Basic

    65,496     64,001     62,362  

Diluted

    66,849     64,001     64,505  

   

The accompanying notes are an integral part of these financial statements.

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JOE'S JEANS INC. AND SUBSIDIARIES

CONSOLIDATED STATEMENTS OF STOCKHOLDERS' EQUITY

(in thousands)

 
  Common Stock    
   
   
   
 
 
  Additional
Paid-In Capital
  Accumulated
Deficit
  Treasury
Stock
  Total
Stockholders'
Equity
 
 
  Shares   Par Value  

Balance, November 30, 2009

    61,494   $ 6,151   $ 103,605   $ (45,450 ) $ (2,800 ) $ 61,506  

Net income

   
   
   
   
2,601
   
   
2,601
 

Stock-based compensation, net of withholding taxes

            801             801  

Stock repurchase

                    (257 )   (257 )

Exercise of warrants

    566     57     596             653  

Exercise of stock options

    110     11     39             50  

Net settled options exercised

    832     83     (83 )            

Taxes on net settled options exercised

            (653 )           (653 )

Issuance of restricted common stock

    1,129     113     (113 )            

Excess tax benefit on stock-based compensation

            172             172  
                           

Balance, November 30, 2010

    64,131     6,415     104,364     (42,849 )   (3,057 )   64,873  

Net loss

   
   
   
   
(1,365

)
 
   
(1,365

)

Stock-based compensation, net of withholding taxes

            1,278             1,278  

Stock repurchase

                    (34 )   (34 )

Issuance of restricted common stock

    1,346     135     (135 )            

Excess tax benefit on stock-based compensation

            5             5  
                           

Balance, November 30, 2011

    65,477     6,550     105,512     (44,214 )   (3,091 )   64,757  

Net income

   
   
   
   
5,565
   
   
5,565
 

Stock-based compensation, net of withholding taxes

            1,423             1,423  

Exercise of stock options

    20     2     18             20  

Issuance of restricted common stock

    1,797     180     (180 )            

Excess tax benefit on stock-based compensation

            (26 )           (26 )
                           

Balance, November 30, 2012

    67,294   $ 6,732   $ 106,747   $ (38,649 ) $ (3,091 ) $ 71,739  
                           

   

The accompanying notes are an integral part of these financial statements.

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Table of Contents


JOE'S JEANS INC. AND SUBSIDIARIES

CONSOLIDATED STATEMENTS OF CASH FLOWS

(in thousands)

 
  Year ended  
 
  November 30, 2012   November 30, 2011   November 30, 2010  

Net income (loss)

  $ 5,565   $ (1,365 ) $ 2,601  

Adjustment to reconcile net income to net cash provided by (used in) operating activities:

                   

Depreciation

    1,456     1,168     843  

Retail stores impairment

        1,144      

Stock-based compensation

    1,847     1,808     1,671  

Excess tax benefit on stock-based compensation

    (26 )   5     172  

Provision for non-factored customer credits and doubtful accounts

    (121 )   (211 )   58  

Decrease in deferred taxes

    3,591     97     2,295  

Changes in operating assets and liabilities:

                   

Accounts receivable

    851     1,043     (701 )

Inventories

    (8,056 )   6,983     (7,358 )

Prepaid expenses and other assets

    (680 )   (8 )   (537 )

Accounts payable and accrued expenses

    394     126     (3,217 )

Due to/from related parties

    450     (550 )   251  

Deferred revenue

            (615 )

Deferred rent

    511     366     388  
               

Net cash provided by (used in) operating activities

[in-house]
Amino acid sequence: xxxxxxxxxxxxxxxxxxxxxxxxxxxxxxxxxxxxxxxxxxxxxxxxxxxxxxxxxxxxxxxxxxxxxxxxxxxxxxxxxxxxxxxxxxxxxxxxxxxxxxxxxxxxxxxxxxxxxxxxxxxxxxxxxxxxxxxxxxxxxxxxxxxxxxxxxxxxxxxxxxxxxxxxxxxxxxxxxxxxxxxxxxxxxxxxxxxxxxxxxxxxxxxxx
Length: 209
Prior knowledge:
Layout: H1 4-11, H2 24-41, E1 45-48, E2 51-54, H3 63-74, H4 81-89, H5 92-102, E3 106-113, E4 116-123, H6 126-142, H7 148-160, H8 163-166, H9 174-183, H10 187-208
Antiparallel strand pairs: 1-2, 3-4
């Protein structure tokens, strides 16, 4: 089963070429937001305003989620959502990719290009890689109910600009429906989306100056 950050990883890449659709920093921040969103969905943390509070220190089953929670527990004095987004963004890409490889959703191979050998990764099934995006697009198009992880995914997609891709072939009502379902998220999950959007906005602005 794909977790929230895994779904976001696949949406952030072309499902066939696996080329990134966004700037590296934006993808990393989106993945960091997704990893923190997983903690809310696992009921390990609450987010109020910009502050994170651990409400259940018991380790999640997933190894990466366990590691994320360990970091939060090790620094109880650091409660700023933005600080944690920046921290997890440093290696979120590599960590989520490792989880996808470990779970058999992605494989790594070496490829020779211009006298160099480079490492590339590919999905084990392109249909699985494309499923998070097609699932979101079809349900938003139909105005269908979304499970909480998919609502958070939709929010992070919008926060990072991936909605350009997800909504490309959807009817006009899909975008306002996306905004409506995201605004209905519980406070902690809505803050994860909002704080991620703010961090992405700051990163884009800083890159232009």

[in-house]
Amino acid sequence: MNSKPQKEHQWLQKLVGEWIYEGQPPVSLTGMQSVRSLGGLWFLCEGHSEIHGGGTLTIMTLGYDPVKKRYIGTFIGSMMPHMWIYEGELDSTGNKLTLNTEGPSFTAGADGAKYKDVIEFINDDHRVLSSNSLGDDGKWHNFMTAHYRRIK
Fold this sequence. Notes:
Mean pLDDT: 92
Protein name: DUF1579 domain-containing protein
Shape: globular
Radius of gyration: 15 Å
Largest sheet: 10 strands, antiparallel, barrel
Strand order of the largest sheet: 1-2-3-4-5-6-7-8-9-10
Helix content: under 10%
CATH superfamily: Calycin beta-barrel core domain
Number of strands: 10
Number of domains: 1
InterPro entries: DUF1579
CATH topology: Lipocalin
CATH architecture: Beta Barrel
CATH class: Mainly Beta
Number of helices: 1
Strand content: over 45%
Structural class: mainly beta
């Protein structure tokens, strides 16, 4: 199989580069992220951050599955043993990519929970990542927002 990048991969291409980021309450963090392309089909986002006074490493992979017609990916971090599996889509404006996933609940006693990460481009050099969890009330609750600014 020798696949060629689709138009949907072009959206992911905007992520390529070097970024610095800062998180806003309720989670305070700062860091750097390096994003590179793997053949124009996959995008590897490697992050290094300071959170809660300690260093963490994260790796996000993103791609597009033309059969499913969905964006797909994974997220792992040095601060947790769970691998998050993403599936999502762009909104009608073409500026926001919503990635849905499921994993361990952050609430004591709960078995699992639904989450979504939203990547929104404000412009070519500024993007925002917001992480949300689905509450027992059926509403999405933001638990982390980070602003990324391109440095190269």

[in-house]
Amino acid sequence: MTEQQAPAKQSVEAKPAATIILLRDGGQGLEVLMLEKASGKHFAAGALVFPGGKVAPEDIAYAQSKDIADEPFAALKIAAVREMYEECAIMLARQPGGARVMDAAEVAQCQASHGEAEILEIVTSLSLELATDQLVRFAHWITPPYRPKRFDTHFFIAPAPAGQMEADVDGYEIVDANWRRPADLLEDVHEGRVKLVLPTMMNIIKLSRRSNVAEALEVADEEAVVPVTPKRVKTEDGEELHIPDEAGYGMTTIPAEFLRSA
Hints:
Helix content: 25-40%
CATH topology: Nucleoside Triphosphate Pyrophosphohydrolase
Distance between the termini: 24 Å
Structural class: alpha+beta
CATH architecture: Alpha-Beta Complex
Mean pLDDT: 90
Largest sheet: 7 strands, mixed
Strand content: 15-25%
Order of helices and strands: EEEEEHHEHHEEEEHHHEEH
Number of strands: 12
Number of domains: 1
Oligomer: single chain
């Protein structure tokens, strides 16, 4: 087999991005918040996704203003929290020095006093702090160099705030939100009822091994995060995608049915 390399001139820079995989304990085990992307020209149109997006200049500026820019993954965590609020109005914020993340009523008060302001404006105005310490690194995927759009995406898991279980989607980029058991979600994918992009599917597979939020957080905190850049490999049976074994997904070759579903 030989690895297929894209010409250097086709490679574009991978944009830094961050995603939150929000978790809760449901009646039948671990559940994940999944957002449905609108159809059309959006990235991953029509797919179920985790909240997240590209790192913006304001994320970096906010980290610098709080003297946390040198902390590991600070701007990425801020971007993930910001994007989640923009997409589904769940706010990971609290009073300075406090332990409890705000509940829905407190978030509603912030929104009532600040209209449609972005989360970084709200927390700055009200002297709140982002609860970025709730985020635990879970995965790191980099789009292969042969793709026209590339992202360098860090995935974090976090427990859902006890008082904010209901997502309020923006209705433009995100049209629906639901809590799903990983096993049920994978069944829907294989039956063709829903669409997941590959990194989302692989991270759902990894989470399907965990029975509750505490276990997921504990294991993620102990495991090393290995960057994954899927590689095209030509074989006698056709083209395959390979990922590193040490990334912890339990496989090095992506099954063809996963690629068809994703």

5,782     10,606     (4,149 )

CASH FLOWS FROM INVESTING ACTIVITIES

                   

Purchases of property and equipment

    (2,779 )   (2,055 )   (3,402 )
               

Net cash used in investing activities

    (2,779 )   (2,055 )   (3,402 )

CASH FLOWS FROM FINANCING ACTIVITIES

                   

(Payments on) proceeds from factor borrowing, net

    (1,863 )   (1,707 )   1,843  

Exercise of stock options

    20         50  

Purchase of treasury stock

        (34 )   (257 )

Payment of taxes on restricted stock units

    (424 )   (530 )   (870 )

Payment of taxes on net settled options exercised

            (653 )

Exercise of warrants

            653  
               

Net cash (used in) provided by financing activities

    (2,267 )   (2,271 )   766  

NET CHANGE IN CASH AND CASH EQUIVALENTS

   
736
   
6,280
   
(6,785

)

CASH AND CASH EQUIVALENTS, at beginning of year

   
12,690
   
6,410
   
13,195
 
               

CASH AND CASH EQUIVALENTS, at end of year

  $ 13,426   $ 12,690   $ 6,410  
               

   

The accompanying notes are an integral part of these financial statements.

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Table of Contents


JOE'S JEANS INC. AND SUBSIDIARIES

NOTES TO CONSOLIDATED FINANCIAL STATEMENTS

1. Business Description and Basis of Presentation

        Our principal business activity involves the design, development and worldwide marketing of apparel products. Our primary current operating subsidiary is Joe's Jeans Subsidiary Inc., or Joe's Jeans Subsidiary. In addition, we have other subsidiaries, Joe's Jeans Retail Subsidiary, Inc. and Innovo Inc. All significant inter-company transactions have been eliminated. We operate in two primary business segments: Wholesale and Retail. Our Wholesale segment is comprised of sales to retailers, specialty stores and international distributors and includes revenue from licensing agreements and records expenses from sales, trade shows, distribution, product samples and customer service departments. Our Retail segment is comprised of sales to consumers through full price retail stores, outlet stores and through the www.joesjeans.com/shop internet site. We opened our first full price retail store in October 2008 in Chicago, Illinois and currently operate 11 full price retail stores and 19 outlet stores in outlet centers around the country. Our Corporate and other is comprised of expenses from corporate operations, which include the executive, finance, legal, human resources, design and production departments and general advertising expenses associated with the Joe's® brand. Our fiscal year end is November 30. Each fiscal year, as presented, is 52 weeks.